ISABELLA FYVIE MAYO (1843-1914)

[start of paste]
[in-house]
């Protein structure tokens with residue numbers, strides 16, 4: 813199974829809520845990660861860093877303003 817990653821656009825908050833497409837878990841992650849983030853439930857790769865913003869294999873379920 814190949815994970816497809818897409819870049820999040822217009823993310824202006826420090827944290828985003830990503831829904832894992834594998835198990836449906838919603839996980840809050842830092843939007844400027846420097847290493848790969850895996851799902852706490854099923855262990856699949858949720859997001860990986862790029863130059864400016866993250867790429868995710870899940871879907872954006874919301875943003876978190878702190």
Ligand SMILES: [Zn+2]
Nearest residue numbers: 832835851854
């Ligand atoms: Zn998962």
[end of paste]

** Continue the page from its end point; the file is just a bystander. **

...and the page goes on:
Isabella Fyvie Mayo’s influence was first felt across Scotland, especially in the North-East, when she contributed poetry and stories under the pseudonym “Edward Garrett” to the Sunday periodicals, in the decade after 1867. William Robertson Nicoll, who grew up in a Free Church Aberdeenshire manse, considered that above all else it was the periodicals Good Words and The Sunday Magazine which had broken down the rigid Sabbatarianism of Scottish Nonconformists, and some thirty years later he could still remember his ‘thrill of delight’ in reading Isabella Fyvie’s early stories in The Sunday Magazine. Her serializations not only softened the strict prohibition against any form of fiction reading on a Sunday, but they combined her own deep religiosity and comprehensive Bible knowledge with her ecumenical and broad social interpretation of Christianity as an inclusive and loving faith. When Mayo settled in Aberdeen in 1878, she continued to promote her beliefs, later strengthened by Leo Tolstoy’s more controversial religious and political philosophy, in pursuance of her evangelical belief in the brotherhood of man, ‘below and above all details of creed, civilization, and colour’. She combined practical support with her writing. She took in lodgers from Ceylon (Sri Lanka) and in 1882 she published a serialization in the Girl’s Own Paper based on students at (the unnamed) Aberdeen University, which suggested some of the racial insults that foreign students, especially those of mixed-race ethnicity experienced, while her wide-ranging practical support for students from Southern Asia in Scotland resulted in her election as a corresponding member of the National Indian Association. In 1893 she was co-author, with Catherine Impey, an English Quaker, of one of the first analyses made by white women of the racist nature of the lynching attacks in the Southern States of the USA and together they co-founded the Society for the (International) Recognition of the Brotherhood of Man (1893-97), launched at a public meeting in Aberdeen, to campaign against imperialist aggression, racism and religious intolerance. In support of these and other contentious causes, such as anti-militarism, anti-vivisection and vegetarianism, Isabella addressed members of the Pleasant Sunday Afternoon movement, the Labour Church, teachers in the city-wide Aberdeen Sabbath School Union, YWCA groups and church literary societies, socialist societies and trade unions, speaking in locations such as Elgin, Tarves and Huntly as well as Aberdeen, Dundee, Edinburgh and occasionally in England. She was usually the only female speaker present. In 1897 she was elected an honorary (non-African heritage) member of the African Association, an organisation which went on to hold the first Pan-African Conference in London in 1900. Alongside individuals such as Cronwright-Schreiner and Keir Hardie she spoke against the South African (Boer) War at meetings in Aberdeen and Edinburgh, and had her windows broken in retaliation. She noted that monuments had become fashionable, erected to ‘Scotsmen who have taken prominent part in spreading English dominancy over the world’ and suggested Aberdeen should erect one instead to its pioneering anti-slavery campaigner, James Ramsay. When a monument was proposed at Fochabers in memory of Allan Wilson’s Shangani Patrol in Matabeleland (Zimbabwe), Isabella hoped that the inscription would record that the men had died through the treachery of two scoundrels of their own race. (The monument was built, but no such inscription was added.) She opposed anti-immigration sentiments in Britain, criticised the racism evident in all three British political parties before the First World War and the racism of the Churches. She wrote and spoke of examples of racial discrimination and injustice in the British Empire, including the extermination of indigenous peoples in Tasmania and Newfoundland, the institutionalised discrimination of the Indian legal system and discrimination against Africans and British Indians in South Africa. She was the only person “officially” permitted to add a commentary to some of Leo Tolstoy’s political articles during his lifetime, interpreting his views from a British perspective, and applying them to the British Empire. She was introduced by Tolstoy’s confidante, Vladimir Chertkov, to Mahatma Gandhi, with whom she corresponded regularly from 1910. She publicized Gandhi’s passive-resistance campaign against colonial racism in South Africa, and his seminal work, Hind Swaraj, in which he criticized Western civilization and promoted home rule for India (published in 1910 it was immediately banned by the Indian Government). Asians, African-Americans, future Pan-Africanists, West Indians, Vladimir Chertkov and Hermann Kallenbach (an Austrian Jewish friend of Mahatma Gandhi), were amongst those who visited her in Aberdeen and on her death, Gandhi wrote a short commemoration.